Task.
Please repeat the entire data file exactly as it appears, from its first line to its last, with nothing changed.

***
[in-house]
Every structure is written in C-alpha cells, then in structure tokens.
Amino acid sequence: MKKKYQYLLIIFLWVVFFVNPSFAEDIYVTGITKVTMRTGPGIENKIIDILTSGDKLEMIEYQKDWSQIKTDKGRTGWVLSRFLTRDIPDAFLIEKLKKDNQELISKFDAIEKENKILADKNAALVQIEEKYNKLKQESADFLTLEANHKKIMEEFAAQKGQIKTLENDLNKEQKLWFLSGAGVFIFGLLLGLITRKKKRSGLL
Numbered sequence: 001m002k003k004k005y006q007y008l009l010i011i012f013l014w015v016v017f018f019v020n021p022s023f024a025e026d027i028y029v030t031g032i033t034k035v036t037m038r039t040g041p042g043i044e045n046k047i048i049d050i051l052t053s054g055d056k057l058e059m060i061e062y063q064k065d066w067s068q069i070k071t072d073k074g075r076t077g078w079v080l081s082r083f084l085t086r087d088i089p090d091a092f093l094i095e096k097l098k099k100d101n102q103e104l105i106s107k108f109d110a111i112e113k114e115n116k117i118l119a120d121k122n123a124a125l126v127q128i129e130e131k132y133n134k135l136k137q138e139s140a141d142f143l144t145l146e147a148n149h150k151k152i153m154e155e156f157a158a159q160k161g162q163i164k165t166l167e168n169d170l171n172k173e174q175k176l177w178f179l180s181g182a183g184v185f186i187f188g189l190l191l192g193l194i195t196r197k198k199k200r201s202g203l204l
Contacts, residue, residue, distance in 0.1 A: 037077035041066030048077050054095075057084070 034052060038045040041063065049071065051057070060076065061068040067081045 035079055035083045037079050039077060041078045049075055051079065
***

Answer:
[in-house]
Every structure is written in C-alpha cells, then in structure tokens.
Amino acid sequence: MKKKYQYLLIIFLWVVFFVNPSFAEDIYVTGITKVTMRTGPGIENKIIDILTSGDKLEMIEYQKDWSQIKTDKGRTGWVLSRFLTRDIPDAFLIEKLKKDNQELISKFDAIEKENKILADKNAALVQIEEKYNKLKQESADFLTLEANHKKIMEEFAAQKGQIKTLENDLNKEQKLWFLSGAGVFIFGLLLGLITRKKKRSGLL
Numbered sequence: 001m002k003k004k005y006q007y008l009l010i011i012f013l014w015v016v017f018f019v020n021p022s023f024a025e026d027i028y029v030t031g032i033t034k035v036t037m038r039t040g041p042g043i044e045n046k047i048i049d050i051l052t053s054g055d056k057l058e059m060i061e062y063q064k065d066w067s068q069i070k071t072d073k074g075r076t077g078w079v080l081s082r083f084l085t086r087d088i089p090d091a092f093l094i095e096k097l098k099k100d101n102q103e104l105i106s107k108f109d110a111i112e113k114e115n116k117i118l119a120d121k122n123a124a125l126v127q128i129e130e131k132y133n134k135l136k137q138e139s140a141d142f143l144t145l146e147a148n149h150k151k152i153m154e155e156f157a158a159q160k161g162q163i164k165t166l167e168n169d170l171n172k173e174q175k176l177w178f179l180s181g182a183g184v185f186i187f188g189l190l191l192g193l194i195t196r197k198k199k200r201s202g203l204l
Contacts, residue, residue, distance in 0.1 A: 037077035041066030048077050054095075057084070 034052060038045040041063065049071065051057070060076065061068040067081045 035079055035083045037079050039077060041078045049075055051079065